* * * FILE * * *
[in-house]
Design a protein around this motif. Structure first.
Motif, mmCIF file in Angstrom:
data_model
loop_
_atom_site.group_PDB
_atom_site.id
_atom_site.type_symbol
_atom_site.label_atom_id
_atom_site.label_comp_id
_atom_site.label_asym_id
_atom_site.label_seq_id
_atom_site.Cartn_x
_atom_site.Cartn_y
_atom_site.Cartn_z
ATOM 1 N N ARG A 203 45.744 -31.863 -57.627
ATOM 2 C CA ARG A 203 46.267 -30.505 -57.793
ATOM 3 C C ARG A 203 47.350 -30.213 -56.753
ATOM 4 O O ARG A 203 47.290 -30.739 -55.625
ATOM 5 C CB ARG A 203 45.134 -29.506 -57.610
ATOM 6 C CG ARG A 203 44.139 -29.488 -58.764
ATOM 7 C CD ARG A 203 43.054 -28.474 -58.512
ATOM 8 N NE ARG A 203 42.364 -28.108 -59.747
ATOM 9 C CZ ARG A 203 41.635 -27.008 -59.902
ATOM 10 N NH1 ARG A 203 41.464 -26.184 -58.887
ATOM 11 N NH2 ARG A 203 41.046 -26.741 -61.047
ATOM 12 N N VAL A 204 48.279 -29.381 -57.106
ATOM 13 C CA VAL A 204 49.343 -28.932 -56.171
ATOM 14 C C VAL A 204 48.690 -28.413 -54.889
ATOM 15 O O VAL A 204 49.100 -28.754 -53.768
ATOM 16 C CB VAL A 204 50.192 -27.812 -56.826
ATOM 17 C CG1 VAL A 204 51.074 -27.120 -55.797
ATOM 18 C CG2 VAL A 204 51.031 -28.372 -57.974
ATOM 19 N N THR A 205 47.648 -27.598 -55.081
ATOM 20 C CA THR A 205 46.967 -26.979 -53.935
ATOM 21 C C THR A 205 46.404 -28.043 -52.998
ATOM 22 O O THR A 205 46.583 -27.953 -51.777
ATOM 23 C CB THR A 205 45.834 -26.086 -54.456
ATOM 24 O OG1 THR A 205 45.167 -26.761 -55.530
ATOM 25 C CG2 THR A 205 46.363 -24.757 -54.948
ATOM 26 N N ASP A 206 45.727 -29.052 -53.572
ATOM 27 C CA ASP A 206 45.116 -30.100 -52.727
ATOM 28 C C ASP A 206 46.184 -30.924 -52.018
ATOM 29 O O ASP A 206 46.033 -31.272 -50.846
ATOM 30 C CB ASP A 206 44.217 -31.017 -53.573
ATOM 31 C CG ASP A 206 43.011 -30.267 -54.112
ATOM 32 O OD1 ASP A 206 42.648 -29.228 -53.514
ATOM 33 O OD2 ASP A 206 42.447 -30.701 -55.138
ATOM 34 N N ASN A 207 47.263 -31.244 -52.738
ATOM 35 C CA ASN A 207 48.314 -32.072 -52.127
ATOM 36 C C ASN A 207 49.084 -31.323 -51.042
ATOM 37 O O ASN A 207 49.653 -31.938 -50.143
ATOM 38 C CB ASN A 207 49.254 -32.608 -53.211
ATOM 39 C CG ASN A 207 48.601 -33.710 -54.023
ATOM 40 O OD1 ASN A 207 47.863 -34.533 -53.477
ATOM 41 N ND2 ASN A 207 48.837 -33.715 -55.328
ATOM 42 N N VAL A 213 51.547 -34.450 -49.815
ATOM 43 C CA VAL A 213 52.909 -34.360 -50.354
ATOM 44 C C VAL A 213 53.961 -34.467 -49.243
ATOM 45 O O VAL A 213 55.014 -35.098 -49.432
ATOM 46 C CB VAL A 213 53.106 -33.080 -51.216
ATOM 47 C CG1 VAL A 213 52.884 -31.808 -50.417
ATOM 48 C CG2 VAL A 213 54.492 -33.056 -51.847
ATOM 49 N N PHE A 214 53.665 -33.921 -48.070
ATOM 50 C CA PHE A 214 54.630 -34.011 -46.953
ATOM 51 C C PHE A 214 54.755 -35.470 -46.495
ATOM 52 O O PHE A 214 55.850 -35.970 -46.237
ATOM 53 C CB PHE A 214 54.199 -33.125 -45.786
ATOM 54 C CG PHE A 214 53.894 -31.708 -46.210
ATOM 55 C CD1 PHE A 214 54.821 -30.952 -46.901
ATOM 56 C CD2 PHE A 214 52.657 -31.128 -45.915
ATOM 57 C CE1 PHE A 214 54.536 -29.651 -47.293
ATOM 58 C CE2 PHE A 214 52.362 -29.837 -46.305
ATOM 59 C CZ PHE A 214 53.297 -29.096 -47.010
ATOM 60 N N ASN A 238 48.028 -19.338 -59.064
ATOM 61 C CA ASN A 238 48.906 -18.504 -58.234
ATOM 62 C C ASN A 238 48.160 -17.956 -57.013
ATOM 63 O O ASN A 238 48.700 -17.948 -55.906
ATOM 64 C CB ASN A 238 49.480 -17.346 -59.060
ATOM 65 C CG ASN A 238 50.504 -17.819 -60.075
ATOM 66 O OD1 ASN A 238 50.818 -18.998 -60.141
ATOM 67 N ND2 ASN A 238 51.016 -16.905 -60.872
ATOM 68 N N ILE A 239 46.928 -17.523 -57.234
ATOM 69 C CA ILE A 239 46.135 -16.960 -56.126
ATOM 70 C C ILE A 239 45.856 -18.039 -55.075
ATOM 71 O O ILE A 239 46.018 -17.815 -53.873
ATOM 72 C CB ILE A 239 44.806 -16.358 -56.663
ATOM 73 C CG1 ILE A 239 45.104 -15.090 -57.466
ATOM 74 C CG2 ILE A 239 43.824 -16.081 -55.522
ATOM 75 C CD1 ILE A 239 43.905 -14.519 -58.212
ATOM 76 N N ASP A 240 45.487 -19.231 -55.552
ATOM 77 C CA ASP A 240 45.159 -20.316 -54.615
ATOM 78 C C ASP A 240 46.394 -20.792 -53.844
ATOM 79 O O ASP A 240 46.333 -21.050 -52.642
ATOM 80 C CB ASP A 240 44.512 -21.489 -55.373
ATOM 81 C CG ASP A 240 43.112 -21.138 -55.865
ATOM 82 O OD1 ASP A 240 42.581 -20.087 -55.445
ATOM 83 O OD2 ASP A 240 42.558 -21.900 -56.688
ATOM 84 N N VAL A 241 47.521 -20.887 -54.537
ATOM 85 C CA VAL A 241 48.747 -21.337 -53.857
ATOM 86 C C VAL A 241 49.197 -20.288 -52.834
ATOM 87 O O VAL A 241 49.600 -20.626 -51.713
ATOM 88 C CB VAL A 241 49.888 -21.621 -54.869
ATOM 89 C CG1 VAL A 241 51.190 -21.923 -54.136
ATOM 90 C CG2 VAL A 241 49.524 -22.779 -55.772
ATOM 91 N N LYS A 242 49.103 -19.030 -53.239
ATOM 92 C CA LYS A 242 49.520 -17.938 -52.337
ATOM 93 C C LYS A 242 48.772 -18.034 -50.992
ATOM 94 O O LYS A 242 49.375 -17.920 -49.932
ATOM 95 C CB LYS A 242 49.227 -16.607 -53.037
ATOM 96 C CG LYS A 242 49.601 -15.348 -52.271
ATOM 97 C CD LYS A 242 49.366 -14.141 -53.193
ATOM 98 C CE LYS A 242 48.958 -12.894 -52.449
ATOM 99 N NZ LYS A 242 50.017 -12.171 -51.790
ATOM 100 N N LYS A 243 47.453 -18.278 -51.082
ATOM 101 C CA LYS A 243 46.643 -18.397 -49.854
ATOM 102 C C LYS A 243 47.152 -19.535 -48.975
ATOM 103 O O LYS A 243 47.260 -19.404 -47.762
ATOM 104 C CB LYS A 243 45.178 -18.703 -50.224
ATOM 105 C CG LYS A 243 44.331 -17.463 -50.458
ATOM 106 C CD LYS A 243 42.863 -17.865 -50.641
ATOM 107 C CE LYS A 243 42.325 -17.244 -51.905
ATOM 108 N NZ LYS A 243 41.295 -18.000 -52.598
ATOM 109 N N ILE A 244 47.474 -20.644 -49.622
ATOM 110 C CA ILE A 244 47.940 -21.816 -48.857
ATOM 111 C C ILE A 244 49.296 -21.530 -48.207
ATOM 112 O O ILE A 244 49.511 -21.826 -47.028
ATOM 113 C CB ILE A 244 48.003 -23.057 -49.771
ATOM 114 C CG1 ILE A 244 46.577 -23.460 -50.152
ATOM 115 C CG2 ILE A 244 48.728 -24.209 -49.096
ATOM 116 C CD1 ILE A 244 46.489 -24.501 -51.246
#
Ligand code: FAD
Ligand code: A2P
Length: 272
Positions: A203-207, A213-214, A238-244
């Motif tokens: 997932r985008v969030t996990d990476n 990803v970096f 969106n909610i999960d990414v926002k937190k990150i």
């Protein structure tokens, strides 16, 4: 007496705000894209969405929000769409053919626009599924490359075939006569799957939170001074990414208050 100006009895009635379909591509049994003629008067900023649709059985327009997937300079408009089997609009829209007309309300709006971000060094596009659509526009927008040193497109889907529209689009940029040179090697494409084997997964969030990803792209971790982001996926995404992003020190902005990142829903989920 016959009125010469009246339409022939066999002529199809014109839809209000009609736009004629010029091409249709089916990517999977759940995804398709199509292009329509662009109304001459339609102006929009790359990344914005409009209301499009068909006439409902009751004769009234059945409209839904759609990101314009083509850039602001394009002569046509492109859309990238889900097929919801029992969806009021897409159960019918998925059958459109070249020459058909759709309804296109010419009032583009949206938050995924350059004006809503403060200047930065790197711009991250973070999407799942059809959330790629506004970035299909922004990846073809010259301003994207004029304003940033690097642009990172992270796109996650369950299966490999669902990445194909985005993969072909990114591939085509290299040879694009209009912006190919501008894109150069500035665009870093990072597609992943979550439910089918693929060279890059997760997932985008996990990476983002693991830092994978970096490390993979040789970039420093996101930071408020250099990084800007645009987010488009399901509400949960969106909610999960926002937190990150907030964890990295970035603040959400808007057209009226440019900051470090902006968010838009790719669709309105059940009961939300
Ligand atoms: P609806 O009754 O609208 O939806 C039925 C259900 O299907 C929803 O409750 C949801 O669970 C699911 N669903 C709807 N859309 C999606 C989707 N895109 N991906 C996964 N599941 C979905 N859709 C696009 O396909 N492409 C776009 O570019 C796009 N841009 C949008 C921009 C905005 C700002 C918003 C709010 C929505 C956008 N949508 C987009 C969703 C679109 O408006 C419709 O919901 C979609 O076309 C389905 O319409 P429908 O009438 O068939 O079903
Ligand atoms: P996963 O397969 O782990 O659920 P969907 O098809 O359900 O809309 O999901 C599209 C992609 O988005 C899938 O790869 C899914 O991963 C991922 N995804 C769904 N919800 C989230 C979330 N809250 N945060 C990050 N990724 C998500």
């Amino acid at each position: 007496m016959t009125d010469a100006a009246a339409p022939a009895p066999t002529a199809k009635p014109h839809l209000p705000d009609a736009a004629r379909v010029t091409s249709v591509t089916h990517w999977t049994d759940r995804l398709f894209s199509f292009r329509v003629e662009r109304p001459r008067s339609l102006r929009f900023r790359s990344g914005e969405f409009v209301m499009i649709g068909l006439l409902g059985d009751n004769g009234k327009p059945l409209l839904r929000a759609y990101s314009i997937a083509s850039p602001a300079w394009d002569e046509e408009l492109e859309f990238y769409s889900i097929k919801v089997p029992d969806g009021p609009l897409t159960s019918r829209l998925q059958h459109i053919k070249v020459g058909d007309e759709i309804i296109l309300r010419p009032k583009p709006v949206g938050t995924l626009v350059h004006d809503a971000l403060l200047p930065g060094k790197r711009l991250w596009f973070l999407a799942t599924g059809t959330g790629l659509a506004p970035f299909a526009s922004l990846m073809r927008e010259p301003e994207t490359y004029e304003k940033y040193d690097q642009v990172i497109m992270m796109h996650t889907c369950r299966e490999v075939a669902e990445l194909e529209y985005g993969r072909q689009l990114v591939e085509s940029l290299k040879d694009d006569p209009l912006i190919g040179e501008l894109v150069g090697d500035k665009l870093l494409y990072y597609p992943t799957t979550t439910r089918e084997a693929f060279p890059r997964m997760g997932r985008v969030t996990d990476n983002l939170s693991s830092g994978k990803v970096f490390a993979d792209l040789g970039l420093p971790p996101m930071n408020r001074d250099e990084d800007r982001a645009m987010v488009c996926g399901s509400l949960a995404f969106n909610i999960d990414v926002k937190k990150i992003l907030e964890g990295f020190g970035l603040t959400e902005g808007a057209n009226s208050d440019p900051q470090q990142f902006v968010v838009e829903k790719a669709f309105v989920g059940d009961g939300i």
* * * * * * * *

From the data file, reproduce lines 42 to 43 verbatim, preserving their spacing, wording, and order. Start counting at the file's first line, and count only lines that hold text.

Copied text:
ATOM 27 C CA ASP A 206 45.116 -30.100 -52.727
ATOM 28 C C ASP A 206 46.184 -30.924 -52.018